ôô

What Exactly Is Postpartum Depression?

Learn what postpartum depression is and why all child-bearing women should know about it.

By
Sanaz Majd, MD
4-minute read

Today I want to talk about a very serious medical condition--postpartum depression.  People often expect the postpartum time period to be a rather happy one; however, it’s important to realize that it’s not always that way. 

What Exactly Is Postpartum Depression?

Every once in a while I have an appointment with a woman who recently had a baby and she breaks down crying at the postpartum visit.  Having a baby is tough.  Us women go through a lot-- we carry this baby that we nurture for nine whole months and turn our lives upside down to accommodate this new bundle of joy, and when the baby arrives, all of a sudden our hormones come to an abrupt halt and we just don’t feel “right.” 

Introducing a new person into our lives is a life-changing event and a big deal.  We may not feel as happy as we think we “should be.” We may not quite understand why we feel this way and might feel guilty about it, but it’s actually quite common. This article will explain why many new mothers may feel “off” and what they can do about it.

What Are the Baby Blues?

There are two common variations of depression that come after giving birth.  A milder form of postpartum depression is called the “baby blues,” and it typically begins within the first two to three days of delivery and resolves within two weeks.  The baby blues is very normal and common.  In fact, four out of five women experience the baby blues, and though the   symptoms may be similar to postpartum depression, they are typically milder.

What About Postpartum Depression?

In contrast, postpartum depression usually persists for more than two weeks, and symptoms are often a tad more severe than in those with the baby blues.  Up to fifteen percent of women experience postpartum depression within the first three months of delivery—making it pretty common as well.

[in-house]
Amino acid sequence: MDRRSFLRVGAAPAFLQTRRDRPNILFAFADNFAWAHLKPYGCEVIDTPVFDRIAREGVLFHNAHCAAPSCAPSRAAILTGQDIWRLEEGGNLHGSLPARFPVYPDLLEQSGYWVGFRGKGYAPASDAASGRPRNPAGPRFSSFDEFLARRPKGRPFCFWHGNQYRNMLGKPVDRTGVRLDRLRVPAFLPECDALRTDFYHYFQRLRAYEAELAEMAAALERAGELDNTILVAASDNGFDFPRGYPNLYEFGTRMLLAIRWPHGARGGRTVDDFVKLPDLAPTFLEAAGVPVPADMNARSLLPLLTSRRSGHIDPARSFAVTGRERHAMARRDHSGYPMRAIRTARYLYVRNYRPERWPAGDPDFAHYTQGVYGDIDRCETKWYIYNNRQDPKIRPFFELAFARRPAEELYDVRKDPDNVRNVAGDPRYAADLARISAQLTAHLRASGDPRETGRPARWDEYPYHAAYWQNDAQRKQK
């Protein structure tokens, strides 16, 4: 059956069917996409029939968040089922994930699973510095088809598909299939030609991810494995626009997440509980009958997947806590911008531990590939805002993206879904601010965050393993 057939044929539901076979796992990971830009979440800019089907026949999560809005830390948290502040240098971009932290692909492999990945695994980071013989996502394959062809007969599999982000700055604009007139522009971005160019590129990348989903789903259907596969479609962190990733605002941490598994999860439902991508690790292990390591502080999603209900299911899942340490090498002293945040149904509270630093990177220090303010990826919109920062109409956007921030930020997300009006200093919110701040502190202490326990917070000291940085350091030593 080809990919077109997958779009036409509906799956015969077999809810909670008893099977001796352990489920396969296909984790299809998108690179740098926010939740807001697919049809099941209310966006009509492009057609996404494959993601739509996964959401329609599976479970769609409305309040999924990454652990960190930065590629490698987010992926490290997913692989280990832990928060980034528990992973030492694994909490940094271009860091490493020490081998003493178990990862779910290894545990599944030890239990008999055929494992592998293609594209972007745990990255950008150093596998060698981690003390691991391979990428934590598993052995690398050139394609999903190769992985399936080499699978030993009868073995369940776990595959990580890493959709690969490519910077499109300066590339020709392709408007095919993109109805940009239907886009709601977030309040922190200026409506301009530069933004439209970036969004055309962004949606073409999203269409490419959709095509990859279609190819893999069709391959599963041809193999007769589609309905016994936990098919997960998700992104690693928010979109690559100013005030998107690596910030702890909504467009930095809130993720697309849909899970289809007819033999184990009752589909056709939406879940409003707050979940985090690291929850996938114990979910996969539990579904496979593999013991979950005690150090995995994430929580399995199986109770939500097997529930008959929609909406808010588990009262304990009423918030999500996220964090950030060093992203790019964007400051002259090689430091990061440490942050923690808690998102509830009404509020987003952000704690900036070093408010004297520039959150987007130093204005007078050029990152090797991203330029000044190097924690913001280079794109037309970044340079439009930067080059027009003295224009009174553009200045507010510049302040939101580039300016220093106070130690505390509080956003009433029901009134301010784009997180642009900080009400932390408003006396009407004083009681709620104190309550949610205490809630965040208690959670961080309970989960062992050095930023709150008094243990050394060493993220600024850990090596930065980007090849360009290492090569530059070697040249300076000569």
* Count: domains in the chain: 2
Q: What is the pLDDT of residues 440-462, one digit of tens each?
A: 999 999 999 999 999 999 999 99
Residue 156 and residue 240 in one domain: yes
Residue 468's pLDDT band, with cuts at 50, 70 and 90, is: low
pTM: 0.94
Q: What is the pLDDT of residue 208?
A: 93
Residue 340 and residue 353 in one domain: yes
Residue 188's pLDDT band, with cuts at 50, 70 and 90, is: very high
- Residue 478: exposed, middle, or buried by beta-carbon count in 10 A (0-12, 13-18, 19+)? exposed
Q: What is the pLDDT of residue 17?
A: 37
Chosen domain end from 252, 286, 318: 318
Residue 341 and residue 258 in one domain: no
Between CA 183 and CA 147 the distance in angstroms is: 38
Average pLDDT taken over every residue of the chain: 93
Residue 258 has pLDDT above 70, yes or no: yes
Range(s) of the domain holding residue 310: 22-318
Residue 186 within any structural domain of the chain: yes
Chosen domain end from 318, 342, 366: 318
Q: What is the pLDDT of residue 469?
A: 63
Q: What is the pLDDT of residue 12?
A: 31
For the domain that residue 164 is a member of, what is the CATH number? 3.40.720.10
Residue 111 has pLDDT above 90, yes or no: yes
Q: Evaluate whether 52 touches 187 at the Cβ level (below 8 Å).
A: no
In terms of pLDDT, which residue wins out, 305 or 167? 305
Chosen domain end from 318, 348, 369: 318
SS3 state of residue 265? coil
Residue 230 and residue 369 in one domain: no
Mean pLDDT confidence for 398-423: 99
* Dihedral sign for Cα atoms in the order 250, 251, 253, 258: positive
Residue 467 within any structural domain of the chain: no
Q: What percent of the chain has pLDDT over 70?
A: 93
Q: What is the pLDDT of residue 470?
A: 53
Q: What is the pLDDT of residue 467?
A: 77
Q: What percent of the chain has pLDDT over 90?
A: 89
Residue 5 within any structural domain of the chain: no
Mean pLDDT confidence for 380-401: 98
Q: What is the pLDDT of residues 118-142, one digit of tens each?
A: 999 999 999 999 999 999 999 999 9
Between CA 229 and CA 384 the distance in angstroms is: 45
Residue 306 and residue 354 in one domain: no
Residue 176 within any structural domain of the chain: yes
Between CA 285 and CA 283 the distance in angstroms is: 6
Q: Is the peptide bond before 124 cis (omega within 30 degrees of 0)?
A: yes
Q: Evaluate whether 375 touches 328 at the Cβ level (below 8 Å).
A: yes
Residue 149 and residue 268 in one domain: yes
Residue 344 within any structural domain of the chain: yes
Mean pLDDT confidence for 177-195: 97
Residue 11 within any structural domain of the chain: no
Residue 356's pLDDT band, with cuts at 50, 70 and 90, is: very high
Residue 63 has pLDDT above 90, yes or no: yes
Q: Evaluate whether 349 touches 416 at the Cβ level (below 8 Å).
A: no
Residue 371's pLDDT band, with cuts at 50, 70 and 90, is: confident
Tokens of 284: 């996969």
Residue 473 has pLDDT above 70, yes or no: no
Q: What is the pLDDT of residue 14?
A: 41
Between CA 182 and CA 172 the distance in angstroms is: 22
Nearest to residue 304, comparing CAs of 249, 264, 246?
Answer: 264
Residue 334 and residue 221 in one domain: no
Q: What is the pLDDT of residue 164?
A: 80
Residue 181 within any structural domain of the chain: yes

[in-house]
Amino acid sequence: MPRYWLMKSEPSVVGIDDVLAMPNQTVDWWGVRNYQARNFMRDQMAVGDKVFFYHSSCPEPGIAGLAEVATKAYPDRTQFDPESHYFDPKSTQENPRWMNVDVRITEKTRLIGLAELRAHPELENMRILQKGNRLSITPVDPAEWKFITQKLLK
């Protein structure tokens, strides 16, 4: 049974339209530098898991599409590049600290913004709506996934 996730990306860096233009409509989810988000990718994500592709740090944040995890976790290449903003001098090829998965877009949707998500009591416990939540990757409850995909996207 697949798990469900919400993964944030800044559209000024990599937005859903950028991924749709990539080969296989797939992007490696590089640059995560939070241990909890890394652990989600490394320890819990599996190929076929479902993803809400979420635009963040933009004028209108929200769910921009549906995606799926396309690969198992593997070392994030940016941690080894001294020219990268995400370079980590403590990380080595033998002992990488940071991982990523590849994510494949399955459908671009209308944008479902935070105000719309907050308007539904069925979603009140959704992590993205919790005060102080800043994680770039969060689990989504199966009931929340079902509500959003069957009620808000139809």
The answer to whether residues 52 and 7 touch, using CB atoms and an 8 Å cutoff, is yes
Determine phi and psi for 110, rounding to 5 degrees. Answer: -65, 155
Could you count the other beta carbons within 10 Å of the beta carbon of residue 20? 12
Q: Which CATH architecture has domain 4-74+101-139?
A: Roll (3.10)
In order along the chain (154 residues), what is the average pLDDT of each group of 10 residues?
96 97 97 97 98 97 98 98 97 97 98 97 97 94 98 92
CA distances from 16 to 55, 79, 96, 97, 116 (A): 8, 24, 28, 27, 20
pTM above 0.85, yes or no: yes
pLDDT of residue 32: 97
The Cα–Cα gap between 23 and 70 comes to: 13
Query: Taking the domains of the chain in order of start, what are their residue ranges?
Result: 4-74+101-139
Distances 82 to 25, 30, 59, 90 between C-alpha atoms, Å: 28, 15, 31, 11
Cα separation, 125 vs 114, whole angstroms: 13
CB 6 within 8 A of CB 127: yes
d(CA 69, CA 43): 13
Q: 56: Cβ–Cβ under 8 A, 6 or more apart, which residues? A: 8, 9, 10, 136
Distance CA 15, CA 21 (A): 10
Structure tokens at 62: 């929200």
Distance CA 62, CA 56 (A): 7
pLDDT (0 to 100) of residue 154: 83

We don’t really know what causes postpartum depression, but the sudden drop in hormones after childbirth is thought to play a role.  Though women who have suffered from depression in the past may also suffer from postpartum depression, other women with it may have never had a previous episode of depression in their entire lives.

Pages

Medical Disclaimer
Please note that all content here is strictly for informational purposes only. This content does not substitute any medical advice, and does not replace any medical judgment or reasoning by your own personal health provider. Please always seek a licensed physician in your area regarding all health related questions and issues.

About the Author

Sanaz Majd, MD

Dr. Sanaz Majd is a board-certified Family Medicine physician who graduated from Drexel University College of Medicine in Philadelphia. Her special interests are women's health and patient education. 

The Quick and Dirty Tips Privacy Notice has been updated to explain how we use cookies, which you accept by continuing to use this website. To withdraw your consent, see Your Choices.